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Health News: How Dependable Is It?

How Reliable is your health news?

Every week a new study comes out with amazing new information that usually has a lot of shock value and causes us to question our supplements or our drugs.

Most of this information turns out to be mostly hype for two reasons. Over ninety per cent of all medical studies are flawed in that they are usually paid for by pharmaceutical companies or some other interested party that will gain from the study. Then along comes the news media who never check the facts and source and simply publish the sensational part in order to attract your attention.

The most recent example of this occurred when a dairy company in New Zealand sponsored two studies at universities there that indicated that calcium supplements could cause calcium deposits in your arteries and cause heart attacks. This was immediately broadcast in every news media and only months later did we find out that the results were flawed, they could not be duplicated anywhere else in the world and were published deliberately by Fonterra, the largest exporter of dairy products in the world in order to make people drink milk rather than take calcium supplements.

Just last month the journal Heart published an editorial about how extreme runners face a higher cardiac risk. Without fully reading the editorial and understanding which types of people actually were at risk and the extreme rarity of these occasions, the news media jumped on the reports and published stories staying that running was bad for you.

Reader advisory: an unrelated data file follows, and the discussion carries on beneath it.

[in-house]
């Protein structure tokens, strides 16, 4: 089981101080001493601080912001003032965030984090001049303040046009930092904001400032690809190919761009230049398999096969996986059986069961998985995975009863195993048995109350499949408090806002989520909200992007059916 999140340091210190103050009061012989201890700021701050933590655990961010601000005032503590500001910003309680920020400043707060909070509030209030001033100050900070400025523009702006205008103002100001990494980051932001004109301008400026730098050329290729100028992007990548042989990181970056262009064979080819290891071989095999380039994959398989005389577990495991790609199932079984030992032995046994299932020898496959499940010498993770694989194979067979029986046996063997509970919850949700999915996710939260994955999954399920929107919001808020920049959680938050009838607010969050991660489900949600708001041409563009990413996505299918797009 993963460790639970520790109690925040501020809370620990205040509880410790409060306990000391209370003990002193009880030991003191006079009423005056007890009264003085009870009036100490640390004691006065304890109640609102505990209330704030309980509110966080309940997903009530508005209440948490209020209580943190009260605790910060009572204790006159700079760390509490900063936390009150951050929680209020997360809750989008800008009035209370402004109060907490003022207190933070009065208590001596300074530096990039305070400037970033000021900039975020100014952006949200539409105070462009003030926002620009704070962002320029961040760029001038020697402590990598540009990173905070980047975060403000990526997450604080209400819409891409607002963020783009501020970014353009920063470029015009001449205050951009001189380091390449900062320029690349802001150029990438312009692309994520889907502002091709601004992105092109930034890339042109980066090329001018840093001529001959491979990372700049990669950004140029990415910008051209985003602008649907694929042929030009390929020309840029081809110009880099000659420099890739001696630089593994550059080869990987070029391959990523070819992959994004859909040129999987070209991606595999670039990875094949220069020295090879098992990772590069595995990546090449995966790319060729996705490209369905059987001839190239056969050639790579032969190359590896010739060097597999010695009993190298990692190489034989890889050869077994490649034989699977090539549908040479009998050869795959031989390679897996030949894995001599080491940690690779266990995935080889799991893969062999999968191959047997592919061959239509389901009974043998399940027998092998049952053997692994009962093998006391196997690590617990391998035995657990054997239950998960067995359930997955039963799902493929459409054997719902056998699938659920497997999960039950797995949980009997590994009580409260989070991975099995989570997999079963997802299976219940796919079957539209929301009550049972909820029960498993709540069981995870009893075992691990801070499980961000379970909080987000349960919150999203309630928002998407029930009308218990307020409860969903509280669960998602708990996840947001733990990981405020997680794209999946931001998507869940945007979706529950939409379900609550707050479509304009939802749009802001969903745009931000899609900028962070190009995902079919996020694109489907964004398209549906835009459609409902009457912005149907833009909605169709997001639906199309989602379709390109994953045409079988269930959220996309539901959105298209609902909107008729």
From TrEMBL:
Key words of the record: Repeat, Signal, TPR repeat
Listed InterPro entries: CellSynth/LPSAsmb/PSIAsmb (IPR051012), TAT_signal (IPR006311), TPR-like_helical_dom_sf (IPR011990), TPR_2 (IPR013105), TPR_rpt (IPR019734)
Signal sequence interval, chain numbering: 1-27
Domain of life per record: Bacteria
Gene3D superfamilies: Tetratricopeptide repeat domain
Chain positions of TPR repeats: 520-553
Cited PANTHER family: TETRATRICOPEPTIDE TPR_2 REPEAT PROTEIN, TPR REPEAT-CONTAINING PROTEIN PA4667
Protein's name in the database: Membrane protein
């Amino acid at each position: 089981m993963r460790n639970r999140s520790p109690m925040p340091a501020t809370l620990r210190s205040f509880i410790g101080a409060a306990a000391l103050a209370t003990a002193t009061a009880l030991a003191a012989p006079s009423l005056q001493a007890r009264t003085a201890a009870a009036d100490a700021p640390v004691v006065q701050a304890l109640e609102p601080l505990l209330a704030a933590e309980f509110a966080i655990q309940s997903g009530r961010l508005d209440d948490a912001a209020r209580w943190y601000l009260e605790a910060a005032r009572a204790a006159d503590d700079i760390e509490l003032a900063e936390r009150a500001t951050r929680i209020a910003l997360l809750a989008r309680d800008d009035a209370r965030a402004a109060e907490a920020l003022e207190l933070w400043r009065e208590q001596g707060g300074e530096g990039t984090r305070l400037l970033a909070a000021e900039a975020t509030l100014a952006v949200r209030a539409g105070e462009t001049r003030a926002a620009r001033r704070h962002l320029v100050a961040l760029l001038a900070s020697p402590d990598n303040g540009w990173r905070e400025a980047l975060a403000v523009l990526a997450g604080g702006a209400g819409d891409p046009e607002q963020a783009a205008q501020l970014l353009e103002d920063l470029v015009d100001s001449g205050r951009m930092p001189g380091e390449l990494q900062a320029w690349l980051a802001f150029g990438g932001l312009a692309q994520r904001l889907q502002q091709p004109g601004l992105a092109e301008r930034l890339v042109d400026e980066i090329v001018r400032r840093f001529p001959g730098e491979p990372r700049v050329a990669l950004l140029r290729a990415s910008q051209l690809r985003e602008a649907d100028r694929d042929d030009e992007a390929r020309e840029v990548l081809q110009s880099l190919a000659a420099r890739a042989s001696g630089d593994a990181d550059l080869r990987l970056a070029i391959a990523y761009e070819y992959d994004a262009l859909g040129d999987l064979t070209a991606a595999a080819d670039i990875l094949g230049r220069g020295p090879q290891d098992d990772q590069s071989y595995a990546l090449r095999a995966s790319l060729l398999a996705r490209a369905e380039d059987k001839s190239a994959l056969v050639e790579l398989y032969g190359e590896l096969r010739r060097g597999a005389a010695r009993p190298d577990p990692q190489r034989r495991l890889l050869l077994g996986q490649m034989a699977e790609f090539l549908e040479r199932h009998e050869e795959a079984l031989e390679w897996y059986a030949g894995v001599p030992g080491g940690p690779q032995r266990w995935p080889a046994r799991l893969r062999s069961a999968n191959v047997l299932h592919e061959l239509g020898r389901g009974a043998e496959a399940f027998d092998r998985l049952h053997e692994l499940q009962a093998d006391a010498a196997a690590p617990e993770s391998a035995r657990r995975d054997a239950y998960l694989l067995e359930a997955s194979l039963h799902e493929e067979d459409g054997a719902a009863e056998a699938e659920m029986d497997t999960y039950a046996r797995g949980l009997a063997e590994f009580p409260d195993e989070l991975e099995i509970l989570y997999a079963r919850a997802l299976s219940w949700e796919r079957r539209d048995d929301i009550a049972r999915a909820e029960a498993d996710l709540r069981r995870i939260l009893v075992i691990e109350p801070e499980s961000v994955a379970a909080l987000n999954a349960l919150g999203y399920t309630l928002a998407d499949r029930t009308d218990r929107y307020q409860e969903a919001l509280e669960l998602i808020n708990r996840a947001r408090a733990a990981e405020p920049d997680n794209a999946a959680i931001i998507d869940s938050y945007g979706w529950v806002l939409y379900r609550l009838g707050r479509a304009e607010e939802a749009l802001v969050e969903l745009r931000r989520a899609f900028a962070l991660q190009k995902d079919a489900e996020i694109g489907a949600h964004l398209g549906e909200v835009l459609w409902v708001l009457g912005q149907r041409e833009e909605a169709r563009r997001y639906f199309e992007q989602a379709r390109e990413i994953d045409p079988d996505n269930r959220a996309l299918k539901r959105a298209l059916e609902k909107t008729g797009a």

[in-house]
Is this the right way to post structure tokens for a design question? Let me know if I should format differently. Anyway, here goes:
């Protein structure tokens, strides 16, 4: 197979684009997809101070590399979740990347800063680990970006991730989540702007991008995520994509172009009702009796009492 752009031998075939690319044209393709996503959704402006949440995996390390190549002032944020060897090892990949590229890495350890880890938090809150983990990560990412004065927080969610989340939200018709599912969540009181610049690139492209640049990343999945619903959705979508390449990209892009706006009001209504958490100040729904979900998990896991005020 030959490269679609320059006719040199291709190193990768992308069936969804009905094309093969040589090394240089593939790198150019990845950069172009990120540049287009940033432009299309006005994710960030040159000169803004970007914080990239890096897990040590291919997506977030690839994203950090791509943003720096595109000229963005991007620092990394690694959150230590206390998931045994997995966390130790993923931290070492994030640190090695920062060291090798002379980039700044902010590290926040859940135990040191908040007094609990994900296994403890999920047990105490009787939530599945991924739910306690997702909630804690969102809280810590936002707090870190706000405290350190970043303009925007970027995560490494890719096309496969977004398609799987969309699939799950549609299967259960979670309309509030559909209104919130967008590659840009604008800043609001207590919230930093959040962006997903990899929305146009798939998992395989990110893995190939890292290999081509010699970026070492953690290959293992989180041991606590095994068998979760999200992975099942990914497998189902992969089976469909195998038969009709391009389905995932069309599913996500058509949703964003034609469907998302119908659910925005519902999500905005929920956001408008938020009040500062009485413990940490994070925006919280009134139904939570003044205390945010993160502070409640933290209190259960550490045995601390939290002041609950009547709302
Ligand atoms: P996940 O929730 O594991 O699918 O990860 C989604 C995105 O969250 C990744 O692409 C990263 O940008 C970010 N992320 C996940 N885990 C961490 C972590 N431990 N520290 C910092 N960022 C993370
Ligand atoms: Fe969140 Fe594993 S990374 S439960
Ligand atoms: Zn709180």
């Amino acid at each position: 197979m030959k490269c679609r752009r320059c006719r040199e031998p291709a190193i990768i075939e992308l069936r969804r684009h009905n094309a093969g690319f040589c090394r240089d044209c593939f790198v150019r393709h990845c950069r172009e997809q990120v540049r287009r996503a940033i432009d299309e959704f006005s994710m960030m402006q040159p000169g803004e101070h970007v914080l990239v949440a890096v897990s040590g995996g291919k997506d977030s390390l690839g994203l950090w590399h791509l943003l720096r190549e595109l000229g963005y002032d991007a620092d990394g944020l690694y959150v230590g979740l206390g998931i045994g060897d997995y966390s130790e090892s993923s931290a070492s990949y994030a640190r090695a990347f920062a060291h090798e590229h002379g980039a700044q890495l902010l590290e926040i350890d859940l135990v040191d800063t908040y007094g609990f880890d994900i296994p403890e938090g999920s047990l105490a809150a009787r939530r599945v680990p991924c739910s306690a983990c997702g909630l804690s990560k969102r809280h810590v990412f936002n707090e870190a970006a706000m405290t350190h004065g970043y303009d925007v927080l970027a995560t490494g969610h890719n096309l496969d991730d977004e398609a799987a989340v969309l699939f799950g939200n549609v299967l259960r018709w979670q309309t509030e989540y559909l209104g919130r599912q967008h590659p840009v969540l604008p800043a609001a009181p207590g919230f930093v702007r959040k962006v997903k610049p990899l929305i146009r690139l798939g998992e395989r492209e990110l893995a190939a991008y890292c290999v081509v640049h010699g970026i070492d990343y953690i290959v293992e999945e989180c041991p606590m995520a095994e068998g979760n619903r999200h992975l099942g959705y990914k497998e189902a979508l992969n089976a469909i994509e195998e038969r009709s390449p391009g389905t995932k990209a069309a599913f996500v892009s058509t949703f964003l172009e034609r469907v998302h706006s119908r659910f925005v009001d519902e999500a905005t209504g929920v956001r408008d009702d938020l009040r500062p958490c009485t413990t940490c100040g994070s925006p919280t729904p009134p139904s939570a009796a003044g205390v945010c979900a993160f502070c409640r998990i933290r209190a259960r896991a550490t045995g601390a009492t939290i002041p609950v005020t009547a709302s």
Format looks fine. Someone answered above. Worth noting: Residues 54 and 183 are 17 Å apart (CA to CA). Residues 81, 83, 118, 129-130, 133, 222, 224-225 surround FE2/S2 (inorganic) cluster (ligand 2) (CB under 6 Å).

I read a very large number of research studies in order to gather information for my newsletter. Most of the articles I read are real garbage. I have found studies that show salt is very good and healthy for you, only to find at the very end that Campbell’s Soup paid for the study. On the final page of very study there is supposed to be a disclosure notice that indicates where the funding for the study came from. In some cases even this fact is obfuscated.

Many years ago the complete human genome was discovered and we all knew that human beings contained about 30,000 genes and we assumed what I would call the “one gene one action theory”. In other word that a gene could be responsible for a specific type of disease besides hair colour and eye colour. Immediately the press jumped on the research and were taking about “super babies” and how would manipulate our genes to produce a whole race of tall blond blue eyed people. Years later we find out the true facts. We now know that all of us have the genes for Alzheimer’s but only a few of us will get the disease. We now know that genes act together with other genes and it takes a specific combination for anything to happen. In other words, it is so complicated, we could not possibly manipulate the gene structure of any human being. However, the fear of it happening is still with us thanks to the news media.

One of the favourites of pharmaceutical companies is to get together a group of people who are very seriously ill. They may be congestive heart failure patients, cancer patients or most commonly people with Type 2 diabetes. They make sure they are in the latter stages of their disease and then they give the group a constant dose of Vitamin E or a daily regimen of multivitamins and Vitamin C or Vitamin D and of course there is no positive result because these people were already at the end stage of their illnesses. However when the media report the study it sounds like “ Multivitamins will not help people with Type 2 diabetes” or Vitamin D shown to be useless in treating heart disease”. These studies are designed to promote the use of pharmaceuticals and the disuse of supplements that if taken earlier may have prevented the disease.